# Undo format when format disappears

I was posed a question as follows:

Given a sentence like "John is a bad man", lets say all the formatting disappears and you are left with one string "johnisabadman". Given a dictionary of words, design an algorithm to find the optimal way of "unconcatenating" the sequence of words. The optimality stems from the parsing which minimizes the number of unrecognized characters. In this particular example "johnisabadman" gets unconcatenated to "JOHN is a bad man".

I worked out a solution and it will be great if somebody could review it.

The algorithm works by checking if the original string is in the dictionary. If the dictionary contains the string, I return the string as it is, other wise I look at the substrings and recursively keep track of the cost of the substring in the inner class Pair. The cost of the substring is zero if it is within the dictionary or else it is the length of the substring. While bubbling up from the recursion, I compare the sum of the cost of the substring with the original string and based on the comparison I decide whether to keep the concatenation of the substrings or the original string.

import java.util.List;
import java.util.ArrayList;
import java.util.Set;
import java.util.HashSet;
import java.util.Map;
import java.util.HashMap;
import java.util.Arrays;

public class UndoFormat {
// Container class to hold the total number of
// character misses for the list of string.
class Pair {
private int miss;
private List<String> strings;
Pair(int miss, List<String> strings) {
this.miss = miss;
this.strings = strings;
}
int getMissedChars() {
return this.miss;
}
List<String> getStrings() {
return this.strings;
}
}
private Set<String> dict = new HashSet<String>();
// Cache to store the intermediate computations
private Map<String, Pair> cache = new HashMap<String, Pair>();
public UndoFormat() {
// Seeding the dictionary for testing purposes
}
public Pair undoFormat(String str) {
// If the cache contains the string,its cost has already been computed return it
if (cache.containsKey(str)) {
return cache.get(str);
}
// If the dictionary contains the string, return the Pair with cost 0 and put the string and Pair in the cache
if (dict.contains(str)) {
Pair pair = new Pair(0, Arrays.asList(str));
cache.put(str, pair);
return pair;
} else {
// Dictionary doesn't contain the string, check the string
// against its substrings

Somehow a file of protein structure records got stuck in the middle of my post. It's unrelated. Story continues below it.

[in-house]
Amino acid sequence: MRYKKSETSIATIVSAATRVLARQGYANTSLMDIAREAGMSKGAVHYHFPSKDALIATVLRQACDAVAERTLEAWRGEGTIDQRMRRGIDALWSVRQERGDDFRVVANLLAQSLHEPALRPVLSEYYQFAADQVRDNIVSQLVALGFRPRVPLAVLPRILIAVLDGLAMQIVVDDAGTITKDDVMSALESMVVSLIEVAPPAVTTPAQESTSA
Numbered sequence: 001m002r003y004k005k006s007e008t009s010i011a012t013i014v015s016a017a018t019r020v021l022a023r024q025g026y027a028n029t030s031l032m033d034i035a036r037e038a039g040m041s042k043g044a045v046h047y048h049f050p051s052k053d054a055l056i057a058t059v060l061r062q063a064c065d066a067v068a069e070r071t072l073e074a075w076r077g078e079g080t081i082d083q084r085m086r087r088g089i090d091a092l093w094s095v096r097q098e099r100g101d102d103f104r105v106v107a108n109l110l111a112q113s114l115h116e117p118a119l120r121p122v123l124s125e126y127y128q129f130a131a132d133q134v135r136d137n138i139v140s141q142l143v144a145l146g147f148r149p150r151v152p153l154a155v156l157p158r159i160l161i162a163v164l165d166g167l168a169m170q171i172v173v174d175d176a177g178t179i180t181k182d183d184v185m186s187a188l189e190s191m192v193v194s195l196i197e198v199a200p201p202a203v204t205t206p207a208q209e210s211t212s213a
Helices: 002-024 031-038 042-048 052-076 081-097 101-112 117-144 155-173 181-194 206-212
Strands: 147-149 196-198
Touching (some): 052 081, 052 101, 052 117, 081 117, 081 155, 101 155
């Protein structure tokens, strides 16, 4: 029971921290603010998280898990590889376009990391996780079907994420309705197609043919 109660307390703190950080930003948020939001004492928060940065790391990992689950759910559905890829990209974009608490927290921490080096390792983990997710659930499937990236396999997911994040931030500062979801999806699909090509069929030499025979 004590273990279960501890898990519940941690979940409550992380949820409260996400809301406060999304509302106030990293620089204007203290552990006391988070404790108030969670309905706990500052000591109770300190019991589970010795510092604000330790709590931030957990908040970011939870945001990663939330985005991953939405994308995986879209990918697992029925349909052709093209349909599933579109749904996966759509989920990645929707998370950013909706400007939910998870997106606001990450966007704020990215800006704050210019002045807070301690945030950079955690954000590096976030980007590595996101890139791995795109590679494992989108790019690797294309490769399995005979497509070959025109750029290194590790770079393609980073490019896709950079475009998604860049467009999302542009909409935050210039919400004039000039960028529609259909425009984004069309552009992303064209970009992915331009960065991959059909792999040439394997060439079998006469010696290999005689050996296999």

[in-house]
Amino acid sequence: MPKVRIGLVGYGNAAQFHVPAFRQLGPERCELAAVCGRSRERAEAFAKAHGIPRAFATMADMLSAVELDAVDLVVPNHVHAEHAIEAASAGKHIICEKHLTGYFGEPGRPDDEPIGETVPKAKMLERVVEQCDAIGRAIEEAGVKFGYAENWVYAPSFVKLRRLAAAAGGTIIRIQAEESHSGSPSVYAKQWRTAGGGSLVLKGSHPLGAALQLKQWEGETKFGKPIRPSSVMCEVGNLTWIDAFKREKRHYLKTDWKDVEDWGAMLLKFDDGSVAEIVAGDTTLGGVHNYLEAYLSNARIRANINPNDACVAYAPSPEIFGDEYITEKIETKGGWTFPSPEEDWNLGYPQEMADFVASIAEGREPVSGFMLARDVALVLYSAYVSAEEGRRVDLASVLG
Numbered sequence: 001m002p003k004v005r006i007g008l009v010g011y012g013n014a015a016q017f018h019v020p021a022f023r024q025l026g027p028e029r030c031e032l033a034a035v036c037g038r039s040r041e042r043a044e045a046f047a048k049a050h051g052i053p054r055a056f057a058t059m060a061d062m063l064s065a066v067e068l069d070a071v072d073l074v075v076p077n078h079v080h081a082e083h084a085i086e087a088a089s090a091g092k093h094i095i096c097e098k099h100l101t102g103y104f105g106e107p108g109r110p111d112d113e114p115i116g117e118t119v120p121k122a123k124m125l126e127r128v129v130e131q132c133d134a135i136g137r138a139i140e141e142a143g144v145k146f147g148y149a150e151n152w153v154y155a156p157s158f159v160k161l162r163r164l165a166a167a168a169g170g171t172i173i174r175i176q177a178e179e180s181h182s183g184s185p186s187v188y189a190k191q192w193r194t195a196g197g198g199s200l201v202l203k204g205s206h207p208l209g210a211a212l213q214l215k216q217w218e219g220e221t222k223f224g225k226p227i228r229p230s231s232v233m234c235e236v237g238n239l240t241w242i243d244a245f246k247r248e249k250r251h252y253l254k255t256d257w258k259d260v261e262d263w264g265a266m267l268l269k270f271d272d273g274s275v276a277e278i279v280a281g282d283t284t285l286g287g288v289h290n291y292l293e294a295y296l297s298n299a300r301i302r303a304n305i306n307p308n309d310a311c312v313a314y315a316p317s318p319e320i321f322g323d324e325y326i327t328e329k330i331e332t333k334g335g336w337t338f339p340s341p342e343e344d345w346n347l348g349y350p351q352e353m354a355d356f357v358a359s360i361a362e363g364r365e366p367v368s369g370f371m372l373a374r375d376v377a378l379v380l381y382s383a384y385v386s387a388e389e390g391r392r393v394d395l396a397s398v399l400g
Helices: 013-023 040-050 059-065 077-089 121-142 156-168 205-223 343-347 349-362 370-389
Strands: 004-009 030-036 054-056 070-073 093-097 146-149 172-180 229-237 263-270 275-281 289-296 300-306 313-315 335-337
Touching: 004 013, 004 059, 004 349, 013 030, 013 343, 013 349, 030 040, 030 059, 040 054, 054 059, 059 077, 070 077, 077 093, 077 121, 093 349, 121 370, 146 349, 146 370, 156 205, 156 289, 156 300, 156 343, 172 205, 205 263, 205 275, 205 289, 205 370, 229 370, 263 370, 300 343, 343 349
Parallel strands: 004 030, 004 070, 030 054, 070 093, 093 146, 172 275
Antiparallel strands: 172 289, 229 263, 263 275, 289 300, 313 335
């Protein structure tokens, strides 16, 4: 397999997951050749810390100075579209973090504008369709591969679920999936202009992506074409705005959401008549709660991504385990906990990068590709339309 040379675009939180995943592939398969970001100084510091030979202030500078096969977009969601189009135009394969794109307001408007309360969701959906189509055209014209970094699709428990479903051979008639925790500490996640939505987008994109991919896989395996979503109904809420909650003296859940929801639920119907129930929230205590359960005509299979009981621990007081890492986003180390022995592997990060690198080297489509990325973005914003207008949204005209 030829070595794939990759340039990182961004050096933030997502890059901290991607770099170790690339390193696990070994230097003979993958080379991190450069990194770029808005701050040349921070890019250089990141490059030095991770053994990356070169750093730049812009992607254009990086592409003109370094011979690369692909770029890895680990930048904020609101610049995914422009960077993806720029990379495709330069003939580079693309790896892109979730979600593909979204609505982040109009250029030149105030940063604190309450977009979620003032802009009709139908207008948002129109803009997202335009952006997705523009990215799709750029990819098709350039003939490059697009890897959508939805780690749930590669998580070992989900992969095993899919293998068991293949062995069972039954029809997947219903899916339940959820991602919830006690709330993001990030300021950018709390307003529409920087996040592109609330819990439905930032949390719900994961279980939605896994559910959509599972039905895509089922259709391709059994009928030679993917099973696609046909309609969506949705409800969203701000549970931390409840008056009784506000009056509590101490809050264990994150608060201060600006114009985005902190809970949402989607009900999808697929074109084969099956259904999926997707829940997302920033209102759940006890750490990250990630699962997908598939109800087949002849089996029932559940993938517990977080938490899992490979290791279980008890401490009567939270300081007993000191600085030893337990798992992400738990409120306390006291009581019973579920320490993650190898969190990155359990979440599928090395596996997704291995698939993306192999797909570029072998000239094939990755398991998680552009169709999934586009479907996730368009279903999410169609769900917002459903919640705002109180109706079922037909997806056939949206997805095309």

String targetString = str.toUpperCase();
int currentMiss = targetString.length();
List<String> currentList = Arrays.asList(targetString);
List<String> currentMinList = currentList;
// If the Target string is 1-character long, return it
if (targetString.length() == 1) {
return new Pair(currentMiss, currentList);
}
// Recursively compare the cost of the substrings
for (int i = 1; i < str.length(); i++) {
String firstHalf = str.substring(0, i);
String nextHalf = str.substring(i, str.length());
Pair fPair = undoFormat(firstHalf);
Pair nPair = undoFormat(nextHalf);
int subMiss = fPair.getMissedChars() + nPair.getMissedChars();
List<String> combination = new ArrayList(fPair.getStrings());
if (subMiss < currentMiss) {
currentMiss = subMiss;
currentMinList = combination;
} else if (subMiss == currentMiss) {
if (currentMinList.size() > combination.size()) {
currentMinList = combination;
}
}
}
Pair finalPair = new Pair(currentMiss, currentMinList);
cache.put(str, finalPair);
return finalPair;
}
}

public static void main(String[] args) {
UndoFormat uFormat = new UndoFormat();
for (String fStr: formattedString) {
System.out.println(String.format("The formatted string is:%s", fStr));
}
}
}

• what will happen if the string was "This is an apple" and the dictionary was "is","an","apple" , how would be the outcome? – Monah Jul 20 '15 at 13:58
• @HadiHassan This is working code. Try it. – GeroldBroser reinstates Monica Jul 20 '15 at 15:41

public class UndoFormat {


As already said, this is a terrible name. It sort of undoes something, but this something is definitely no formatting. DictionarySplitter or WordSplitter would do.